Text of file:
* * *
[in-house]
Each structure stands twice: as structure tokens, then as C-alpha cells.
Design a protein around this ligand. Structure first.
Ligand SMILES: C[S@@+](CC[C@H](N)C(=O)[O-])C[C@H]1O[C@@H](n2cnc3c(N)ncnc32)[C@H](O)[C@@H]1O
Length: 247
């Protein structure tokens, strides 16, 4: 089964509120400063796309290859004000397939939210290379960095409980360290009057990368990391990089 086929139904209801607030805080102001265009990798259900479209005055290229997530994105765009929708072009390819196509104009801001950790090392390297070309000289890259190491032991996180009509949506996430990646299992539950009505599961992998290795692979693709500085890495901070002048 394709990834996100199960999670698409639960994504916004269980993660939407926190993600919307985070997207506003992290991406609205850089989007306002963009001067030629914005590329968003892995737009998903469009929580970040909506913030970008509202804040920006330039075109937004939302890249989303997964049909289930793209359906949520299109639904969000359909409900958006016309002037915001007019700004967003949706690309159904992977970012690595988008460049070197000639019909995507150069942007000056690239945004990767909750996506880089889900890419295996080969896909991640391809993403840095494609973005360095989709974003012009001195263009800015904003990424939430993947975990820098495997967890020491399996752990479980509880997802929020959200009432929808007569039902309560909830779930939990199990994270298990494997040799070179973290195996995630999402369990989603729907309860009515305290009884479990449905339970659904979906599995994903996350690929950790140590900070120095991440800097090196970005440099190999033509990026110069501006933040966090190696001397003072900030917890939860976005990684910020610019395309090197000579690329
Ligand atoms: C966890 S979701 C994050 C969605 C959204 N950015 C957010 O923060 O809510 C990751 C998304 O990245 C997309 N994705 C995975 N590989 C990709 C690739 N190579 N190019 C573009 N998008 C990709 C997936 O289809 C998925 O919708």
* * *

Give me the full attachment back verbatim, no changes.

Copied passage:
[in-house]
Each structure stands twice: as structure tokens, then as C-alpha cells.
Design a protein around this ligand. Structure first.
Ligand SMILES: C[S@@+](CC[C@H](N)C(=O)[O-])C[C@H]1O[C@@H](n2cnc3c(N)ncnc32)[C@H](O)[C@@H]1O
Length: 247
């Protein structure tokens, strides 16, 4: 089964509120400063796309290859004000397939939210290379960095409980360290009057990368990391990089 086929139904209801607030805080102001265009990798259900479209005055290229997530994105765009929708072009390819196509104009801001950790090392390297070309000289890259190491032991996180009509949506996430990646299992539950009505599961992998290795692979693709500085890495901070002048 394709990834996100199960999670698409639960994504916004269980993660939407926190993600919307985070997207506003992290991406609205850089989007306002963009001067030629914005590329968003892995737009998903469009929580970040909506913030970008509202804040920006330039075109937004939302890249989303997964049909289930793209359906949520299109639904969000359909409900958006016309002037915001007019700004967003949706690309159904992977970012690595988008460049070197000639019909995507150069942007000056690239945004990767909750996506880089889900890419295996080969896909991640391809993403840095494609973005360095989709974003012009001195263009800015904003990424939430993947975990820098495997967890020491399996752990479980509880997802929020959200009432929808007569039902309560909830779930939990199990994270298990494997040799070179973290195996995630999402369990989603729907309860009515305290009884479990449905339970659904979906599995994903996350690929950790140590900070120095991440800097090196970005440099190999033509990026110069501006933040966090190696001397003072900030917890939860976005990684910020610019395309090197000579690329
Ligand atoms: C966890 S979701 C994050 C969605 C959204 N950015 C957010 O923060 O809510 C990751 C998304 O990245 C997309 N994705 C995975 N590989 C990709 C690739 N190579 N190019 C573009 N998008 C990709 C997936 O289809 C998925 O919708």